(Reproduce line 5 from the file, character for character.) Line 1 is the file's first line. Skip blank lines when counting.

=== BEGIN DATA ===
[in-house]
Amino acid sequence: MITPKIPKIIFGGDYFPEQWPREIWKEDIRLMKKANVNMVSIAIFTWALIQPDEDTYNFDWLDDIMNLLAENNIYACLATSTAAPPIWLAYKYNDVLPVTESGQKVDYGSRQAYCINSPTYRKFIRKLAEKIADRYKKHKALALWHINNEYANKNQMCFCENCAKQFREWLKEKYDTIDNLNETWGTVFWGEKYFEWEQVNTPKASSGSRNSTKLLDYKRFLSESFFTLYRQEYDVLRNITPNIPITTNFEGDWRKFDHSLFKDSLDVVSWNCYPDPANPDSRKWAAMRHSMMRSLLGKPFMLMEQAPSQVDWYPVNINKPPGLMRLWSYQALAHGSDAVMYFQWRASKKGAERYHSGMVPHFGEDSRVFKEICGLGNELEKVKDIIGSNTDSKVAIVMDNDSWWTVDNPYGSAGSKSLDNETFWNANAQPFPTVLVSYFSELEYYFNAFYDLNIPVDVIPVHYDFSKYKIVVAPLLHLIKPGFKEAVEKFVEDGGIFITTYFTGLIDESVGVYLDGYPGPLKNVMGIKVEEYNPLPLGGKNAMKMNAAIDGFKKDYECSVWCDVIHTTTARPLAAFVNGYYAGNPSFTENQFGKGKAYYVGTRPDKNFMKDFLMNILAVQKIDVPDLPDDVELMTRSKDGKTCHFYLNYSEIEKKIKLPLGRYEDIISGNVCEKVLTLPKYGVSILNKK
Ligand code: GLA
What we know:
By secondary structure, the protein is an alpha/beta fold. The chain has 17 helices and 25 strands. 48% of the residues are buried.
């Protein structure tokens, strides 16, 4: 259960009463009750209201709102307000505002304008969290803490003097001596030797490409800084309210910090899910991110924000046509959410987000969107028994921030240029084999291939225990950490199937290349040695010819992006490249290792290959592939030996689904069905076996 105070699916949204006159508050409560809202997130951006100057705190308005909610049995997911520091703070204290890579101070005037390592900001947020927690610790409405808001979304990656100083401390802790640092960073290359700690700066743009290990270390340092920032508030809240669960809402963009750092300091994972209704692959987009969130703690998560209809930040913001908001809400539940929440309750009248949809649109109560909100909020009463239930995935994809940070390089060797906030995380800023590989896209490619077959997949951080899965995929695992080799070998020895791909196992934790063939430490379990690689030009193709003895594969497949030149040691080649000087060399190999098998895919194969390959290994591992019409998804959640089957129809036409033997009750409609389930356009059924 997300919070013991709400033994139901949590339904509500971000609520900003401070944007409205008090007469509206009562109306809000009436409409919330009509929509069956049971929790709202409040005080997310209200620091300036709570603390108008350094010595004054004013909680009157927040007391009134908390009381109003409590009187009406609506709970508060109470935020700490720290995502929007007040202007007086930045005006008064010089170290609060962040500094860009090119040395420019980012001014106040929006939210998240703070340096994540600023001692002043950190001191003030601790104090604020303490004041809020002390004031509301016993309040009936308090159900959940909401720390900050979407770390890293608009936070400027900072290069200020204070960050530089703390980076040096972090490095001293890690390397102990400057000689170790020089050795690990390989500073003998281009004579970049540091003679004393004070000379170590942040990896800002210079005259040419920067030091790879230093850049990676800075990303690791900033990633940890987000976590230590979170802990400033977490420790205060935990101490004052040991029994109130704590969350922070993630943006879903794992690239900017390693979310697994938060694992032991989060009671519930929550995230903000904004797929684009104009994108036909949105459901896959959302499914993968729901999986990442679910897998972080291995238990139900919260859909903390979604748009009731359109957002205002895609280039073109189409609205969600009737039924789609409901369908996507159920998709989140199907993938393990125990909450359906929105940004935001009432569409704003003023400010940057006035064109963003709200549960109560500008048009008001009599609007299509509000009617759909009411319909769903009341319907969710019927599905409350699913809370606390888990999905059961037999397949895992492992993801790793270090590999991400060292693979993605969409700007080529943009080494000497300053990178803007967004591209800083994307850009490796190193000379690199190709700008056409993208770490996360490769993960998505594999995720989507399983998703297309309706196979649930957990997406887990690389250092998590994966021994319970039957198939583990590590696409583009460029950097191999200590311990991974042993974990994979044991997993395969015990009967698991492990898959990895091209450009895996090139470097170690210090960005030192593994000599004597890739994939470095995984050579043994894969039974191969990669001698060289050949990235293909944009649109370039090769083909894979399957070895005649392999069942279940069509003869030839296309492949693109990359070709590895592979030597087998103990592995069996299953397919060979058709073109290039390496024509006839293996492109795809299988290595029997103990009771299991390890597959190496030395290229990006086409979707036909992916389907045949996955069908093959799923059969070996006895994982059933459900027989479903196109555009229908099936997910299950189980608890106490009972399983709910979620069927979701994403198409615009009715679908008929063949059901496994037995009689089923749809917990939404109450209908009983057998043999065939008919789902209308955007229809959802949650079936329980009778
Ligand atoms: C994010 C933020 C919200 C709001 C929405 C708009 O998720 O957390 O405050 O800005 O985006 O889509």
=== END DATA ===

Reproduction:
By secondary structure, the protein is an alpha/beta fold. The chain has 17 helices and 25 strands. 48% of the residues are buried.